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Evidence grows for Jewish colonists in the Appalachians

The archival and genetic evidence is growing that there was a substantial population of Sephardic Jews and Moors in the Southern Appalachians during the 1600s and early 1700s. As late as 1784 (or later) there were villages in eastern Tennessee where the inhabitants spoke Spanish or Portuguese exclusively.

However, the latest DNA studies are downright shocking. The average North Carolina Cherokee carries more Middle Eastern DNA than the average Ashkenazi Jew in the United States. Not only do the Cherokees carry typical haplogroups from the Levant, but also other areas of the region. In a large Cherokee DNA sample, 34% carried typical Mesopotamian DNA, while 26.8% were in the Type T haplogroup that is typical of Egypt. Twenty-five percent of Egyptians carry Type T.

Shalom y’all!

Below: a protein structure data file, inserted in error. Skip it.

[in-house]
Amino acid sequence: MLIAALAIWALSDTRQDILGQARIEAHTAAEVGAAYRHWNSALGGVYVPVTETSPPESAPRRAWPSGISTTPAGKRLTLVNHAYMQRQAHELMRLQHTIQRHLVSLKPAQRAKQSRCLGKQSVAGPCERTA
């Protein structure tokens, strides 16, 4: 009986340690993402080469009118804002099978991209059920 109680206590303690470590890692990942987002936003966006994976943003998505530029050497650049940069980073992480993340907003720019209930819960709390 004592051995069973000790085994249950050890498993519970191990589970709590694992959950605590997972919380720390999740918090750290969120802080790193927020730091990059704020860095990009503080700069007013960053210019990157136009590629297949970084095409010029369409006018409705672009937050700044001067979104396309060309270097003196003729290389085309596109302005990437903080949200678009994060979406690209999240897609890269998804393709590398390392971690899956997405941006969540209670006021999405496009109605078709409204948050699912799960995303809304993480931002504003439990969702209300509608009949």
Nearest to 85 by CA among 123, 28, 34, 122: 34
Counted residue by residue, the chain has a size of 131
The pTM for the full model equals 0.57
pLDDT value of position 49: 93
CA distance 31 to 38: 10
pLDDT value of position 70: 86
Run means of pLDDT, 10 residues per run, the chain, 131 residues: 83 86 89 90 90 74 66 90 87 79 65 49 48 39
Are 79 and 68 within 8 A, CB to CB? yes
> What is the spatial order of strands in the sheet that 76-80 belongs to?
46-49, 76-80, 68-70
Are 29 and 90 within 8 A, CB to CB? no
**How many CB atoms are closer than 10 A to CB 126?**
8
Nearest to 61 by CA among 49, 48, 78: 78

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Richard Thornton is a professional architect, city planner, author and museum exhibit designer-builder. He is today considered one of the nation’s leading experts on the Southeastern Indians. However, that was not always the case. While at Georgia Tech Richard was the first winner of the Barrett Fellowship, which enabled him to study Mesoamerican architecture and culture in Mexico under the auspices of the Institutio Nacional de Antropoligia e Historia. Dr. Roman Piňa-Chan, the famous archaeologist and director of the Museo Nacional de Antropologia, was his fellowship coordinator. For decades afterward, he lectured at universities and professional societies around the Southeast on Mesoamerican architecture, while knowing very little about his own Creek heritage. Then he was hired to carry out projects for the Muscogee-Creek Nation in Oklahoma. The rest is history. Richard is the Tribal Historic Preservation Officer for the KVWETV (Coweta) Creek Tribe and a member of the Perdido Bay Creek Tribe. In 2009 he was the architect for Oklahoma’s Trail of Tears Memorial at Council Oak Park in Tulsa. He is the president of the Apalache Foundation, which is sponsoring research into the advanced indigenous societies of the Lower Southeast.

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